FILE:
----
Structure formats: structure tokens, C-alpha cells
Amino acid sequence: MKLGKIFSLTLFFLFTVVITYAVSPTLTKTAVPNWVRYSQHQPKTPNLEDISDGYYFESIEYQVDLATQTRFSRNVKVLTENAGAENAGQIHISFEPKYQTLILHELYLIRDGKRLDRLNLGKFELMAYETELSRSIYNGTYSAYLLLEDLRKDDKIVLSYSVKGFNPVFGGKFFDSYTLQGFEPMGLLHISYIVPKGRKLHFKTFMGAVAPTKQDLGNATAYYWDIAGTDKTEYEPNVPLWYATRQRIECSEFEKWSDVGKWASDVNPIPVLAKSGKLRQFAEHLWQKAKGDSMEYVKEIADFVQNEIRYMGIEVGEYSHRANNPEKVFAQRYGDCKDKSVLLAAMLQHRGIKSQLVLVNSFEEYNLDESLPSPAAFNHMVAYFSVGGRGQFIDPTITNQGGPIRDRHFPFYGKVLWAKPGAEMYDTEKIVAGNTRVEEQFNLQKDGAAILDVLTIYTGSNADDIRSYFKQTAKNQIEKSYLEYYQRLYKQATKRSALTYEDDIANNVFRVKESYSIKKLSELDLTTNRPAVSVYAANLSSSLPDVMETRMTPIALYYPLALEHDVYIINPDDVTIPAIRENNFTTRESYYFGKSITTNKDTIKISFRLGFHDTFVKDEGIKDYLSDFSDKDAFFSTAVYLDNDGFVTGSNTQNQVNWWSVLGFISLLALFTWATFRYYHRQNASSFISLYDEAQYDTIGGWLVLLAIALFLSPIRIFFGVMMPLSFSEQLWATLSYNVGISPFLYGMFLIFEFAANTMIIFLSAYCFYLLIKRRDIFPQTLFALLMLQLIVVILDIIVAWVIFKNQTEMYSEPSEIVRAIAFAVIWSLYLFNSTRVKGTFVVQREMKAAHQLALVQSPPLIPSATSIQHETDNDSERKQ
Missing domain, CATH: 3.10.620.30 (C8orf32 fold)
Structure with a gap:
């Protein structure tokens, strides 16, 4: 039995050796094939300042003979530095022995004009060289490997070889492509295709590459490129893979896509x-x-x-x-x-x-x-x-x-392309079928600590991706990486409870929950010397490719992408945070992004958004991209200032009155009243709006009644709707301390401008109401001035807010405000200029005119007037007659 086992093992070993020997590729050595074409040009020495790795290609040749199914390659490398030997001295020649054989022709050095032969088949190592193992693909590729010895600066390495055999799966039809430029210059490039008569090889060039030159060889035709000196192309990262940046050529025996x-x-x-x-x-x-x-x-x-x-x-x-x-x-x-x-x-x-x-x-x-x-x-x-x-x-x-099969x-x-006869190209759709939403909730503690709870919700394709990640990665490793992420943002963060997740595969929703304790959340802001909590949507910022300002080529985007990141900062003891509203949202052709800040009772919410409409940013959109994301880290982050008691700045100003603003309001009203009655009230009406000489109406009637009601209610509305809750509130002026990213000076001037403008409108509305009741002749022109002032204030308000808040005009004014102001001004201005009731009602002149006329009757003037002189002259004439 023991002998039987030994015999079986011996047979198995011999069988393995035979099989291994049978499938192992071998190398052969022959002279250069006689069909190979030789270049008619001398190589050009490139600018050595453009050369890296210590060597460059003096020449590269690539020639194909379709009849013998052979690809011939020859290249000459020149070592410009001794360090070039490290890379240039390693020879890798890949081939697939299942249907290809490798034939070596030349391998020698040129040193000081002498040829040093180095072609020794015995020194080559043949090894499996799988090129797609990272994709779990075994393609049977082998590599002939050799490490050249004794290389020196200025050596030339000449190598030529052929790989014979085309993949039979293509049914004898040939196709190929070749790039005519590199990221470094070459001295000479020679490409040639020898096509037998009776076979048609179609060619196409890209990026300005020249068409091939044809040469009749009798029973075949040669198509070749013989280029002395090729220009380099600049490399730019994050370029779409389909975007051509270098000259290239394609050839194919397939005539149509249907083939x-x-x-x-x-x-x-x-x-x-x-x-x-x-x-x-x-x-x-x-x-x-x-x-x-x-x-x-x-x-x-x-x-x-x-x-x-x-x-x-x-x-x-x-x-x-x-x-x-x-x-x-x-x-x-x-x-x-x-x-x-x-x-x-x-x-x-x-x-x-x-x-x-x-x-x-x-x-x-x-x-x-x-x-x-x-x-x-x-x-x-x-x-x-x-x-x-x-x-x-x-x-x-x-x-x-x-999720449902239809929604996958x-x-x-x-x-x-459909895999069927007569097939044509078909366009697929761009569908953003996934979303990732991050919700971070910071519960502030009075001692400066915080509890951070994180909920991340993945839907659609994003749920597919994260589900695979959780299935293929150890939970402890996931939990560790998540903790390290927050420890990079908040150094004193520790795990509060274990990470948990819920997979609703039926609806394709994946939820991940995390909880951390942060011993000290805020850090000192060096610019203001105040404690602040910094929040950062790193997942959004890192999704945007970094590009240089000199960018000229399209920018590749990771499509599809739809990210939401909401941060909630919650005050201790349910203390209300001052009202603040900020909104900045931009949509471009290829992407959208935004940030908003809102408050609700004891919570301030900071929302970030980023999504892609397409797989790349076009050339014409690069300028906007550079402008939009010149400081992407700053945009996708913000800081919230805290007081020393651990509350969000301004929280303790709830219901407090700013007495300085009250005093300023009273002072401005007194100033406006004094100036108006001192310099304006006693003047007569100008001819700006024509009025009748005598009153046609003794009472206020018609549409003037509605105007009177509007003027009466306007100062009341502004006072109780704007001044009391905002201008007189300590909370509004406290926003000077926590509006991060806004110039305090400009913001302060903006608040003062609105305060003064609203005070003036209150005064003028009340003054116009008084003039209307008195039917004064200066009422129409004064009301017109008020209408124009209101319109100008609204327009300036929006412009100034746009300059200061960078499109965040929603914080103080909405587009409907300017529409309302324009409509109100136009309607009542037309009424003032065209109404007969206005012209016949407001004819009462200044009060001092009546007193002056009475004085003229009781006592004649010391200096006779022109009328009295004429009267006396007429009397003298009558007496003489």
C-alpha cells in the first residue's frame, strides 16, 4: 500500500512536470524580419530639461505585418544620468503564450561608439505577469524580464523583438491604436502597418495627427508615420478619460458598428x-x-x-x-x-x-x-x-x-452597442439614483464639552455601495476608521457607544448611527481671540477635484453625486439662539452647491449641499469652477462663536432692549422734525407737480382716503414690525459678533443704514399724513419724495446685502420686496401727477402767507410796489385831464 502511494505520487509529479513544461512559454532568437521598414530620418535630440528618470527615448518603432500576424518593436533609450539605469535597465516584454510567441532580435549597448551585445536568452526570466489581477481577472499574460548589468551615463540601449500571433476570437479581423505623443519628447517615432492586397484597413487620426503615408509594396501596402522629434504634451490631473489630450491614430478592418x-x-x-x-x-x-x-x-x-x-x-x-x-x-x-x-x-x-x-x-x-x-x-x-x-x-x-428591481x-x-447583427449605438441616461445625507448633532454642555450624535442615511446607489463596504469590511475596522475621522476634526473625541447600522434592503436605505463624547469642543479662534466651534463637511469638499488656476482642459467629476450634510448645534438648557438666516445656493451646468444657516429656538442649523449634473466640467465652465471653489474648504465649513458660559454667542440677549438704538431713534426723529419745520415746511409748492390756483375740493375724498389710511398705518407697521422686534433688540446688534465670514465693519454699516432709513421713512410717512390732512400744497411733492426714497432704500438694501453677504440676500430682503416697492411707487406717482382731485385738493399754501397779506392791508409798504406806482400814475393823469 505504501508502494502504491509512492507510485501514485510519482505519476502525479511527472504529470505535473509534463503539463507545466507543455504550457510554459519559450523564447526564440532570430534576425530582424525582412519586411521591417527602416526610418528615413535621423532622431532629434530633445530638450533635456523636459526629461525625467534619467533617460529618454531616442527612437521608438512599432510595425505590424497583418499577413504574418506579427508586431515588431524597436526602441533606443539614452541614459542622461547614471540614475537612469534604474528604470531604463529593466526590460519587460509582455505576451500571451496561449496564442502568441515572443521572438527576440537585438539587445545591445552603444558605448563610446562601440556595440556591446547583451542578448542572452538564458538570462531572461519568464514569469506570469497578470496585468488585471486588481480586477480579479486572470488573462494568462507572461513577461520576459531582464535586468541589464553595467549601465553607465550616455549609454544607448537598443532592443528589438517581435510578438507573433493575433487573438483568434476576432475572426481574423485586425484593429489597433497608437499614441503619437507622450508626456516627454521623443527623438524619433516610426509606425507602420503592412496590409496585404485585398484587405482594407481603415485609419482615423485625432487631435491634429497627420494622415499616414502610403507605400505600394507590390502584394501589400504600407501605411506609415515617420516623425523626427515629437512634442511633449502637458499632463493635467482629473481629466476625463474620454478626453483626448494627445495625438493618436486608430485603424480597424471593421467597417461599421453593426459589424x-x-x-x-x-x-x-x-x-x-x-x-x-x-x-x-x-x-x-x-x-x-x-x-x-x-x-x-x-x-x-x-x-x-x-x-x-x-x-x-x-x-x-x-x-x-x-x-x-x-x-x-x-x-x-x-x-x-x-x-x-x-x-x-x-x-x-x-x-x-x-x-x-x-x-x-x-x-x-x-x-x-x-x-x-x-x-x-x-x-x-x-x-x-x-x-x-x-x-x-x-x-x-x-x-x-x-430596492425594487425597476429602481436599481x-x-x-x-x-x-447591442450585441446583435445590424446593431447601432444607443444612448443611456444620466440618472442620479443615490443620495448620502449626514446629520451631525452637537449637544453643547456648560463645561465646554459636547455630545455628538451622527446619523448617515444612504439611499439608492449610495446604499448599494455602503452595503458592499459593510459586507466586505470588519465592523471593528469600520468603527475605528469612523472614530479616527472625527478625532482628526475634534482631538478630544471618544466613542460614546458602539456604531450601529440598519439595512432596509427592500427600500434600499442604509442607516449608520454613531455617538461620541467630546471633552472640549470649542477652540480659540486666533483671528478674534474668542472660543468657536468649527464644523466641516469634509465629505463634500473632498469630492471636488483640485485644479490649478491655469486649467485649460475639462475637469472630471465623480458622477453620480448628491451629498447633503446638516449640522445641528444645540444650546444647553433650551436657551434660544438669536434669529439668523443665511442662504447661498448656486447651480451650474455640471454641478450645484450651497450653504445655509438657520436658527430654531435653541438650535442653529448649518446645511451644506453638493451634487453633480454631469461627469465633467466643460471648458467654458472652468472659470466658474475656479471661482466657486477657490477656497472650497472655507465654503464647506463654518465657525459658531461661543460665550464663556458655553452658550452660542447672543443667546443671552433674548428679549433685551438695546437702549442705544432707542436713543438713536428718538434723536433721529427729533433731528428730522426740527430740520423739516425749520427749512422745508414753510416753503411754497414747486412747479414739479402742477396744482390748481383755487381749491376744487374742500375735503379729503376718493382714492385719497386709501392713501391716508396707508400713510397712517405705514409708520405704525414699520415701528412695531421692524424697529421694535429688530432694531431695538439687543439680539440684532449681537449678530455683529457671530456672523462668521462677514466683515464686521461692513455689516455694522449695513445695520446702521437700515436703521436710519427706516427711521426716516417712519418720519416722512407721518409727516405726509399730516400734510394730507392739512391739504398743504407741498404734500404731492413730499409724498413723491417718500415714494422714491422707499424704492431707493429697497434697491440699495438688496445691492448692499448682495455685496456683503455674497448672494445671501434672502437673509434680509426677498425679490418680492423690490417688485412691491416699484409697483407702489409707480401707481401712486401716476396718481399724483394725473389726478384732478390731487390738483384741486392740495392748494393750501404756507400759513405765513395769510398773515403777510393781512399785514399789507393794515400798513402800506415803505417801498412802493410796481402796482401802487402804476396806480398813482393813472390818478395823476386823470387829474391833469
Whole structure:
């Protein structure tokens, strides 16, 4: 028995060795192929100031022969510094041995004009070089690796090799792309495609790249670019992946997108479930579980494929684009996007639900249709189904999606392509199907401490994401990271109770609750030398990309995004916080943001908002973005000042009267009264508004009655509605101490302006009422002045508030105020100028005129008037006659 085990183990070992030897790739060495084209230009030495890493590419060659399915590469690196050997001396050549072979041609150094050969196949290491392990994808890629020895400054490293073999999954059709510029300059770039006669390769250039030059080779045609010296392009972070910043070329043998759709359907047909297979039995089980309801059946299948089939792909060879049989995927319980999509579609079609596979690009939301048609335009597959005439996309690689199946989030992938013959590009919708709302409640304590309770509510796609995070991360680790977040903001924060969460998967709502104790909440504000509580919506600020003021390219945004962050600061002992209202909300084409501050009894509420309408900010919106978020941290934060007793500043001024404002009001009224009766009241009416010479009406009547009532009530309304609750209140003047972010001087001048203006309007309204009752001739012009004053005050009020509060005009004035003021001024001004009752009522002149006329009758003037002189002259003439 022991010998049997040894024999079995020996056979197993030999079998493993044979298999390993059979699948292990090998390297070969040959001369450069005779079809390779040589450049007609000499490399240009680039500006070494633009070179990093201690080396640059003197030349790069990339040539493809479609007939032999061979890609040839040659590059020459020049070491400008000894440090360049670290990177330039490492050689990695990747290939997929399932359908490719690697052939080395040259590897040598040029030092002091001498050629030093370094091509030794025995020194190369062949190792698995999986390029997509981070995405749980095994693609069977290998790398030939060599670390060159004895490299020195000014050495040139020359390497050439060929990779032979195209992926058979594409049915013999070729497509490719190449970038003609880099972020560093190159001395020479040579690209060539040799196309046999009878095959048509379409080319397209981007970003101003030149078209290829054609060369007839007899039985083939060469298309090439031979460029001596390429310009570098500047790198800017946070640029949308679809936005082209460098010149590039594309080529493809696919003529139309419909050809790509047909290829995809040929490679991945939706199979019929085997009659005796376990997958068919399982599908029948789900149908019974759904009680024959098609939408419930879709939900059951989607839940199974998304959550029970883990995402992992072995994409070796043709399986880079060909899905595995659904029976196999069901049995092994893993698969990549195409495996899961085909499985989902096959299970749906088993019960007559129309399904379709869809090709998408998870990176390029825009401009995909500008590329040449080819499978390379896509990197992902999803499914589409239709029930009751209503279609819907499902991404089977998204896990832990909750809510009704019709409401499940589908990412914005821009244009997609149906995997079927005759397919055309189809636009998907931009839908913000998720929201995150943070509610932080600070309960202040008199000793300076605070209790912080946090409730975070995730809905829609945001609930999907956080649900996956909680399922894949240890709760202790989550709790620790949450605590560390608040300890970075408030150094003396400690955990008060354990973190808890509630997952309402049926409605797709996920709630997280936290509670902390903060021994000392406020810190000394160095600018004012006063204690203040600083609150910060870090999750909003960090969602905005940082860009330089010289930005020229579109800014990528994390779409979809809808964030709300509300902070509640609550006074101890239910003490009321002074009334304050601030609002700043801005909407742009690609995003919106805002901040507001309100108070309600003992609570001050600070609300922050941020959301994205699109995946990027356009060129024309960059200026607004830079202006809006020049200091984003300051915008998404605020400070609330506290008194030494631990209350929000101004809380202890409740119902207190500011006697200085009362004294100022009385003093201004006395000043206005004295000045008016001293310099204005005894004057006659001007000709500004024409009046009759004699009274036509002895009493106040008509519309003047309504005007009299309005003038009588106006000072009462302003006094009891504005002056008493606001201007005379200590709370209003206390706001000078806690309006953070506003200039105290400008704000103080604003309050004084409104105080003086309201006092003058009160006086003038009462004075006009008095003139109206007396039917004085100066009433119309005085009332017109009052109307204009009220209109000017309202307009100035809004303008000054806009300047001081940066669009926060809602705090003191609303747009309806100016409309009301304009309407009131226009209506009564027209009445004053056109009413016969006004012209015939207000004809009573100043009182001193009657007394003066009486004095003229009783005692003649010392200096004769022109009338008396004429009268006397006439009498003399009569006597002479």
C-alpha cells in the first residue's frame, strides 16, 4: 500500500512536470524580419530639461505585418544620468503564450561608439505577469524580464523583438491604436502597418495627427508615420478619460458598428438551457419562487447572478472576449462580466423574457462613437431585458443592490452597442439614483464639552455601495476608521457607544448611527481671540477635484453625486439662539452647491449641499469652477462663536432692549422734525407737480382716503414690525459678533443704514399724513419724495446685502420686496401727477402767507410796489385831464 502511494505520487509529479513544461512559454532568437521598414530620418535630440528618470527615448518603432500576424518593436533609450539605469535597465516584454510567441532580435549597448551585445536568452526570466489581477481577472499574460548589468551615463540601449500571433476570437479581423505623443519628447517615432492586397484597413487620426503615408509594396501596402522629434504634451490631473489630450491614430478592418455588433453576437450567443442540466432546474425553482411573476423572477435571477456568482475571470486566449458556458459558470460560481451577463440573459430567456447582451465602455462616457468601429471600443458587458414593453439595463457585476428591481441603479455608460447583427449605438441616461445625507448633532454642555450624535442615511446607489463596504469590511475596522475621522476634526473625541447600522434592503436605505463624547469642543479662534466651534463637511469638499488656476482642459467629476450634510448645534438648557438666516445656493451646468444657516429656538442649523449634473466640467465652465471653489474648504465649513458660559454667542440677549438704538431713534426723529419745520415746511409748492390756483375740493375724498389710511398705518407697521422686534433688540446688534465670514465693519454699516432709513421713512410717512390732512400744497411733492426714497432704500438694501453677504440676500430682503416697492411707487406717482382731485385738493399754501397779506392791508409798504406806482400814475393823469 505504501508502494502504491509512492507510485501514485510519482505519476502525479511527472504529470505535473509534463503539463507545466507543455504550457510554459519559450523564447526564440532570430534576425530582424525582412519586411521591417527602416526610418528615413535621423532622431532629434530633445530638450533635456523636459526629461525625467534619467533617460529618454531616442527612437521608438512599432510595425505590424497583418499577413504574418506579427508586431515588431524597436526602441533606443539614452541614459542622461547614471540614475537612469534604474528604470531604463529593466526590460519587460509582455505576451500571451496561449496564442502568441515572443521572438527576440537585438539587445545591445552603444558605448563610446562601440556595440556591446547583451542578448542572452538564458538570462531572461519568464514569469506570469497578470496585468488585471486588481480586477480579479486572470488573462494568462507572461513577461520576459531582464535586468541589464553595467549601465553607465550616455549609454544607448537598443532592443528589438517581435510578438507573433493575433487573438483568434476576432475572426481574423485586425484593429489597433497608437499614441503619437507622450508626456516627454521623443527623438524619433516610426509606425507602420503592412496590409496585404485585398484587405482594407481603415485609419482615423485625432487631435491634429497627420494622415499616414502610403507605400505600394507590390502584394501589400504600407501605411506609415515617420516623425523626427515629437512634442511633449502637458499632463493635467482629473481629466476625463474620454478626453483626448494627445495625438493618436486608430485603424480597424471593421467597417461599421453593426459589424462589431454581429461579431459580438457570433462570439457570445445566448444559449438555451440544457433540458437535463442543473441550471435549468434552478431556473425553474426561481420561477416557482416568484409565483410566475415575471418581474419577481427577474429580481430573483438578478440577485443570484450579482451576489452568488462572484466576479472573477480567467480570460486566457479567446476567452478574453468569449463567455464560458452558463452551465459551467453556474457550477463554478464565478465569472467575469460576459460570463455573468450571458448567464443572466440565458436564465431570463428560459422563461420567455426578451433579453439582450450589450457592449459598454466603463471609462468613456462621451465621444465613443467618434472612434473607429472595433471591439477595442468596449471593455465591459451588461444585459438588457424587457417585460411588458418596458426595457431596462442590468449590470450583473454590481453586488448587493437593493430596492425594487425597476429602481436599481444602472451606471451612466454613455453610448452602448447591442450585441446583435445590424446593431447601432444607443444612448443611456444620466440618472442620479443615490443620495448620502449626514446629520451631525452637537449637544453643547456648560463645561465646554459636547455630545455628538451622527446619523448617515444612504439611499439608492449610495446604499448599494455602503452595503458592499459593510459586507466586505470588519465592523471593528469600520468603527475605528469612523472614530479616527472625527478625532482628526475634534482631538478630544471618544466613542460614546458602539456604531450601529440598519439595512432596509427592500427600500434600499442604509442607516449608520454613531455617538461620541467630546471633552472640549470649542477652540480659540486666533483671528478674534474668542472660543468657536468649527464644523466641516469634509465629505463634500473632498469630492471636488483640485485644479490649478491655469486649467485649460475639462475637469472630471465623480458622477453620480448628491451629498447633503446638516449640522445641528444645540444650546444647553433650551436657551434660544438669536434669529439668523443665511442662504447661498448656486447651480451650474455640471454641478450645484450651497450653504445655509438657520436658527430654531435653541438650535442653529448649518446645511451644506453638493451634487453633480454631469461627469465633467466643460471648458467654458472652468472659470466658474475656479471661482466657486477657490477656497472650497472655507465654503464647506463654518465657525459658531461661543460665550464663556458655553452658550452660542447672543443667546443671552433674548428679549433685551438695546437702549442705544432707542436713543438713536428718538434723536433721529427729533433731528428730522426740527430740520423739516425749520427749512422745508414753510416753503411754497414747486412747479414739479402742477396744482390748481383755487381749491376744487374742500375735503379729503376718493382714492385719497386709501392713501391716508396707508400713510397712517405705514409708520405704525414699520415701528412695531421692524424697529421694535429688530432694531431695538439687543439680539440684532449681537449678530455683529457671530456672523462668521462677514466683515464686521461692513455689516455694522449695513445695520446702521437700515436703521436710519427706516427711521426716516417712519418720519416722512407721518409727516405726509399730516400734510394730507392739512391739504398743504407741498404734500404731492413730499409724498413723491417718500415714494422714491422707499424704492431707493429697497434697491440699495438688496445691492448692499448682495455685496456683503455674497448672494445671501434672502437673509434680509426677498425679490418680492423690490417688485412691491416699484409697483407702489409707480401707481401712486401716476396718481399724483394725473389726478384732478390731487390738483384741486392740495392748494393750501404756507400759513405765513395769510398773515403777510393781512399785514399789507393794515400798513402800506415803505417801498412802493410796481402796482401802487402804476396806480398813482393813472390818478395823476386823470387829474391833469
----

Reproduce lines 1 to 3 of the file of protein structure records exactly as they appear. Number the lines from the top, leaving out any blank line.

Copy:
Structure formats: structure tokens, C-alpha cells
Amino acid sequence: MKLGKIFSLTLFFLFTVVITYAVSPTLTKTAVPNWVRYSQHQPKTPNLEDISDGYYFESIEYQVDLATQTRFSRNVKVLTENAGAENAGQIHISFEPKYQTLILHELYLIRDGKRLDRLNLGKFELMAYETELSRSIYNGTYSAYLLLEDLRKDDKIVLSYSVKGFNPVFGGKFFDSYTLQGFEPMGLLHISYIVPKGRKLHFKTFMGAVAPTKQDLGNATAYYWDIAGTDKTEYEPNVPLWYATRQRIECSEFEKWSDVGKWASDVNPIPVLAKSGKLRQFAEHLWQKAKGDSMEYVKEIADFVQNEIRYMGIEVGEYSHRANNPEKVFAQRYGDCKDKSVLLAAMLQHRGIKSQLVLVNSFEEYNLDESLPSPAAFNHMVAYFSVGGRGQFIDPTITNQGGPIRDRHFPFYGKVLWAKPGAEMYDTEKIVAGNTRVEEQFNLQKDGAAILDVLTIYTGSNADDIRSYFKQTAKNQIEKSYLEYYQRLYKQATKRSALTYEDDIANNVFRVKESYSIKKLSELDLTTNRPAVSVYAANLSSSLPDVMETRMTPIALYYPLALEHDVYIINPDDVTIPAIRENNFTTRESYYFGKSITTNKDTIKISFRLGFHDTFVKDEGIKDYLSDFSDKDAFFSTAVYLDNDGFVTGSNTQNQVNWWSVLGFISLLALFTWATFRYYHRQNASSFISLYDEAQYDTIGGWLVLLAIALFLSPIRIFFGVMMPLSFSEQLWATLSYNVGISPFLYGMFLIFEFAANTMIIFLSAYCFYLLIKRRDIFPQTLFALLMLQLIVVILDIIVAWVIFKNQTEMYSEPSEIVRAIAFAVIWSLYLFNSTRVKGTFVVQREMKAAHQLALVQSPPLIPSATSIQHETDNDSERKQ
Missing domain, CATH: 3.10.620.30 (C8orf32 fold)